[THIS IS EDITED from a letter Paul Ortiz, historian and author at the University of Florida, wrote as chapter president, United Faculty of Florida in support of the faculty’s first amendment rights. The union organized a press conference on November 5 and issued several demands for academic freedom.]
FROM THE MOMENT that a courageous faculty member in the Department of Political Science contacted our union on the morning of October 13 to report that they had been accused through the of engaging in “Outside activities that may pose a conflict of interest to the executive branch of the State of Florida,” the United Faculty of Florida has been working overtime to defend the rights of faculty engaged in the pursuit of truth in the public interest.
Dan Smith, Michael McDonald and Sharon Austin are all renowned experts in the field of voting rights. Since October 13th, leaders of our Grievances team as well as our Executive Committee have been working closely with Dan, Michael and Sharon — all of whom are faculty union members -— in strategy meetings to ensure that they will be able to do what they do best: pursuing scholarship in the public interest in order to expand democracy in our nation.
I am glad to report that UFF President Andrew Gothard and our union’s Executive Director Candi Churchill have been with our chapter every step of the way as we work to ensure that Profs. Smith, McDonald and Austin receive the best legal and union support possible. UFF has consulted frequently with the outstanding labor law office of Donnelly & Gross over the years and this is the firm representing Profs. Smith, McDonald and Austin in their case. Solidarity works!
As your chapter president, I want you to know that our union gave the University of Florida numerous opportunities to reverse course before this matter became an international cause célèbre. We reached out to campus administrators at different levels individually as well as a union to urge UF to allow the affected faculty from Political Science to continue their longstanding scholarship in the public interest. Unfortunately, UF failed to respond, and here we are.
At the request of numerous members of our union, I have requested an urgent Article Six consultation with President Fuchs to discuss violations of academic freedom that have occurred on our campus. We will report on the outcome of this discussion at our November Council meeting. Our goal is to bring UF back in compliance with our 2021-2024 Collective Bargaining Agreement.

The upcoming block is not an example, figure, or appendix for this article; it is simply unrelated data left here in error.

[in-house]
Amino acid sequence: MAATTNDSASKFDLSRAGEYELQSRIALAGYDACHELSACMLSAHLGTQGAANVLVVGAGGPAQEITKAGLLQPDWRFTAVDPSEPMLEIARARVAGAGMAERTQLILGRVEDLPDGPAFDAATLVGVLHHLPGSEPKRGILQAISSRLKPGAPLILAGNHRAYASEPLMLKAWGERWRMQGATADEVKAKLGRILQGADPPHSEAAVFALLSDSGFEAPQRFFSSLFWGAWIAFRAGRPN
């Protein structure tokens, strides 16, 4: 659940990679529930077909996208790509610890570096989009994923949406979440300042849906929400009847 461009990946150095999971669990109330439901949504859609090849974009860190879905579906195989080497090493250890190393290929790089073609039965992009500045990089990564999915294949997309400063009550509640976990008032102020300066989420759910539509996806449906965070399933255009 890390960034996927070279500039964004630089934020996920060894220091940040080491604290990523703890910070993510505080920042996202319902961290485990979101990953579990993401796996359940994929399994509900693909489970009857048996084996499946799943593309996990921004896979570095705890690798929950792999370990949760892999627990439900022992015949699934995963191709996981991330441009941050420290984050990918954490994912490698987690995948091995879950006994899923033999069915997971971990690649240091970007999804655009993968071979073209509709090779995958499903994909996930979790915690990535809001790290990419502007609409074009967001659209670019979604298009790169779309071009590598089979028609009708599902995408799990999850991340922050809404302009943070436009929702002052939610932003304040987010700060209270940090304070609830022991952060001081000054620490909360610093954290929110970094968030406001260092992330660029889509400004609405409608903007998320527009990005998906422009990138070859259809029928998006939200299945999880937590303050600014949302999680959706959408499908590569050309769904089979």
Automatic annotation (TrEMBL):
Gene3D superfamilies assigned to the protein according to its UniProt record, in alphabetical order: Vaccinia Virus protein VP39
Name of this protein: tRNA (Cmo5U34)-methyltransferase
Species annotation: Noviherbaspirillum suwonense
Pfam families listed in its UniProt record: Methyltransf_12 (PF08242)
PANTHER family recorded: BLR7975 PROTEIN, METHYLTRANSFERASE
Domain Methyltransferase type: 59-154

As intellectuals, we all share responsibility for ensuring that academic freedom thrives at our university and in our society. As a faculty of color who has been the target of censorship and attempted book banning in the past as well as in the present, I take this issue personally. We should all be alarmed at UF’s actions; however, we should also remember that we have a union to help us protect our constitutional rights.
As your president I cannot help but making one final pitch here. Well, two to be exact. First, please encourage family, friends and colleagues to let UF know your thoughts on academic freedom. In addition, please remind faculty how important union membership is in the state of Florida. As you might imagine, numerous colleagues are contacting us now asking about how to become members of UFF-UF. Building our chapter’s membership means that we can better support courageous colleagues like Dan Smith, Michael McDonald and Sharon Austin as they engage in research that makes this nation a better and more equal place for all of us to live in.
UPDATE: On November 5 UF President Kent Fuchs reversed his administration’s decision blocking the three political science professors from testifying in federal court challenging the new state law that limits the use of ballot drop boxes and vote-by-mail practices. Given the publicity But Fuchs’ reversal seemed to make an exception in their case but retained the university’s recent policy that University of Florida employees cannot serve as expert witnesses in litigation where the state of Florida is a party.
A week later, on November 12, UF students and faculty held a spirited protest rally and declared that the battle with the administration over free speech and academic freedom continues.